Having Kids Redefines Simple Words Like ‘Sleep,’ Clean,’ and ‘Me’
The parenting lingo you end up learning on your own
When I read that getting up early is defined as 6 a.m., I spit out my coffee laughing. I’m lucky if my 10-month-old daughter sleeps in until 4:30 a.m. these days. Waking up “early” at 6 a.m. would feel luxurious.
Children certainly change our perspectives. The sleep/eat schedule in our house has changed so much that even our elderly relatives, the ones who rise early and are blue-plate specialists, can’t keep pace. If we ask the grandparents to meet us for a “late” breakfast at 8 a.m., they balk: They’re just waking up.
Here are other words, concepts and expressions that undergo a sea change when the kids come along (every parent will identify!).
Sleep and Bedtime
Every parent-to-be expects that sleep will be fleeting for the first few years of their child’s life. But when you’re in the thick of it, the deprivation is so painful, uninterrupted sleep begins to look like a distant dream.
One mom of 1-year-old twins says her new normal is going to bed each night hoping it will be “the night” that both kids sleep through it entirely. “My definition of tired,” she says, “has completely changed.”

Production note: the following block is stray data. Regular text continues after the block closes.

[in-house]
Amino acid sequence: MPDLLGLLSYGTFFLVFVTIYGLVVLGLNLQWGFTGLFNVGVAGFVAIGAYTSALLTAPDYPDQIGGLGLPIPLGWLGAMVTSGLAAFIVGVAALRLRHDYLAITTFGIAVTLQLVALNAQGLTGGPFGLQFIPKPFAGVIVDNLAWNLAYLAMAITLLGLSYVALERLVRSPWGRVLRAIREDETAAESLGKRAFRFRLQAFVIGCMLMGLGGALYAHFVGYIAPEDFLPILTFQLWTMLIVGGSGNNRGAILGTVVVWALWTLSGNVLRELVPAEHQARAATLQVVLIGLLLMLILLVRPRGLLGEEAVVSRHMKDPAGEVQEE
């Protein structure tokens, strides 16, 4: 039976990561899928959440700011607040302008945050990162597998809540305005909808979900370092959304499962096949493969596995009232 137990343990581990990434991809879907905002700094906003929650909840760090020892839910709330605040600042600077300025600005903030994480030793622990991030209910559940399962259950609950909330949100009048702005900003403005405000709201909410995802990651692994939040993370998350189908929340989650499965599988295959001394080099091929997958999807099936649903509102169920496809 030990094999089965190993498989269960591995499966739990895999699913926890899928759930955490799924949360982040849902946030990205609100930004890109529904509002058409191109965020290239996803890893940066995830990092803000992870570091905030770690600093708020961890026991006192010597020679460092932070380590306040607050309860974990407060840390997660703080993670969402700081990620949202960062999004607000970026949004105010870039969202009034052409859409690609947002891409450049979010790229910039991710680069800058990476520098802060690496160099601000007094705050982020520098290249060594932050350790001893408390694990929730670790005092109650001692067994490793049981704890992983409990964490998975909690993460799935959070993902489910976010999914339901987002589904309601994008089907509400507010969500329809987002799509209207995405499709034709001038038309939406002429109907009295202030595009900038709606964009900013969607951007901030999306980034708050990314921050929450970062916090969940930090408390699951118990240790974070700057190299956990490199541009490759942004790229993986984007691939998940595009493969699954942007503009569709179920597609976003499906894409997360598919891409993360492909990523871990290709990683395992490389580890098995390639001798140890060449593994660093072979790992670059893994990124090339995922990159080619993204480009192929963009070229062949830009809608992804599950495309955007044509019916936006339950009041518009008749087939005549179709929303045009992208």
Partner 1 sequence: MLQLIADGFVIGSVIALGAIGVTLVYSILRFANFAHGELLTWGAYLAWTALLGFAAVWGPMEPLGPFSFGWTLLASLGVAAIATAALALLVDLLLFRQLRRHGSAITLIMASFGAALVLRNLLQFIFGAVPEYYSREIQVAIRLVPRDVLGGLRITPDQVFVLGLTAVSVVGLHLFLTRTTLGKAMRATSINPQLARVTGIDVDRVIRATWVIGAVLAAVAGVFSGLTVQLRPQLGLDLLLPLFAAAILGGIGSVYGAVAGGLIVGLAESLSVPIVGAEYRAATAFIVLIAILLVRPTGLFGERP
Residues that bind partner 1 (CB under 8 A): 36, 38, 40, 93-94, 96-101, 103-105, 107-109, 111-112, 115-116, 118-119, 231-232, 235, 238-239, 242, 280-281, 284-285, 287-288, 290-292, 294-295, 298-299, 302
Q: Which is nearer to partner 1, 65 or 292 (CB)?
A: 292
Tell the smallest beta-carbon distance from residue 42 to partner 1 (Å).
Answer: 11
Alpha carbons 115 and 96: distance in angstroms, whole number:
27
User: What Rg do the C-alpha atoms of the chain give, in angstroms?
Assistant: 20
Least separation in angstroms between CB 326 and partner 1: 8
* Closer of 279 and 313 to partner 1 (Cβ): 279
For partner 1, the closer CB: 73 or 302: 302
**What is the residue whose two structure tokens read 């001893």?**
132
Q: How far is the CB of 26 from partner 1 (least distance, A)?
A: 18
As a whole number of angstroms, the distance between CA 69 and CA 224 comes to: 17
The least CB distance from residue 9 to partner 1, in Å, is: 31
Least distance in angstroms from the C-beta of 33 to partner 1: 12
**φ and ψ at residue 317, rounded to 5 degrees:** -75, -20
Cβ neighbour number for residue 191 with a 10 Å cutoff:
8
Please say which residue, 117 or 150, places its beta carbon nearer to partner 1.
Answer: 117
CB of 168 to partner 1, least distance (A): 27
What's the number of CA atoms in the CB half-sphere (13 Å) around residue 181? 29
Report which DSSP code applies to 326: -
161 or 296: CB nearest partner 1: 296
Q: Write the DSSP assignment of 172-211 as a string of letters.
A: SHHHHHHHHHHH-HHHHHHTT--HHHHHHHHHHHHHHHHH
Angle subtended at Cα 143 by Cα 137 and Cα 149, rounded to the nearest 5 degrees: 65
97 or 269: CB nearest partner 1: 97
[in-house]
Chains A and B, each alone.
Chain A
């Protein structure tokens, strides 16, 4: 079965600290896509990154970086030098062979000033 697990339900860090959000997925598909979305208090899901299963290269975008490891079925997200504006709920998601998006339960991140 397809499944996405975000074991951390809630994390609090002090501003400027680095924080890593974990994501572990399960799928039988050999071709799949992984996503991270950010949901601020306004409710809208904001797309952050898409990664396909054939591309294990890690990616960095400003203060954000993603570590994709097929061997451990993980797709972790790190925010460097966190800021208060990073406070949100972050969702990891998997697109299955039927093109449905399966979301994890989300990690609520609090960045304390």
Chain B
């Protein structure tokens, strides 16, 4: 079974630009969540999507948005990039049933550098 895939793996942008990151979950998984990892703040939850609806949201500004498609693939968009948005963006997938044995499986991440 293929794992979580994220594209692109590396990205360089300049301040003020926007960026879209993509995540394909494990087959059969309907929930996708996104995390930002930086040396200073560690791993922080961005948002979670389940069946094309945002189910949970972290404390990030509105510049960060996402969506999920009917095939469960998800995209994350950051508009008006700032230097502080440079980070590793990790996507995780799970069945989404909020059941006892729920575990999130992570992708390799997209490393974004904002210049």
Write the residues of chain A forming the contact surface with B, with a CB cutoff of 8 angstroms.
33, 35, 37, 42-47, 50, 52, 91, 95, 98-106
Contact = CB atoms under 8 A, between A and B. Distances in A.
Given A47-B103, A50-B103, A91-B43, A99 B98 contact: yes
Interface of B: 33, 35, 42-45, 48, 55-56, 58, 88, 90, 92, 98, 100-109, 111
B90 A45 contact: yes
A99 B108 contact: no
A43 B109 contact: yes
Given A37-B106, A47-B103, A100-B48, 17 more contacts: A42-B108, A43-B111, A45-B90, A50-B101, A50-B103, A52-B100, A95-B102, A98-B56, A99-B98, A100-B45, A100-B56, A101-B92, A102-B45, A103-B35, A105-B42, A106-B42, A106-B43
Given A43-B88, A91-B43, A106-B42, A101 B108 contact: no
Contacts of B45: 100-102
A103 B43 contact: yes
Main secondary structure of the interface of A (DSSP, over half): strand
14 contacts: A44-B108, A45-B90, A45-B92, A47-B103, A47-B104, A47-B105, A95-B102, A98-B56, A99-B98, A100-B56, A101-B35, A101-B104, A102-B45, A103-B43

A dad named Fabian used to be a night owl, staying up until 2 a.m. even if he had work the next day. Now he has the same bedtime as his son, at 8:30 p.m. Many parents look forward to having a little personal time when their kids finally drop off to sleep — only to follow them on the path to slumber minutes later.
Having Some ‘Me’ Time
“Showering alone, anything alone” are what Sarah, a mother of three, reminisces about. Many mothers know the feeling. Your children have an instinctual “mama radar.” No matter how quiet you are, they can track you down. If you’re perfectly still, or asleep, they can smell you.
Remember all those weekends before you had kids? I can certainly fantasize about what I’d do with a day away from my cherubs, bless their hearts.
Carol says her two children have transformed her perception of this quality. When the kids start barging into the bathroom or bedroom during a clothes change, the formerly modest mom isn’t even fazed.
It starts with the prenatal visits. The act of giving birth then strips us of any modesty we may have had left. It brings new meaning to the phrase “knowing someone inside and out,” particularly if your husband assists with the birth.
Then comes nursing. Even the most discreet breastfeeding mom has probably exposed more of her body than she ever intended to, out of sheer clumsiness or exhaustion. (For most of us, it doesn’t matter. My body hasn’t been my own since I became pregnant with the first of my three kids more than six years ago.)
Having a Clean House
When I asked John, a new grandfather, how his kids changed his way of thinking, he quoted comedian Phyllis Diller: “Cleaning your house while your kids are still growing is like shoveling the walk while it’s still snowing.”
The sane parent has to lower her standards of cleanliness because of the never-ending battle with order.
Then there’s “the constant deluge of laundry” that Kevin, a father of two, points out. “Why not just keep clean clothes right by the washing machine? They’ll end up back there soon enough.” On the bright side, folding clothes is the perfect excuse to sneak in a little TV.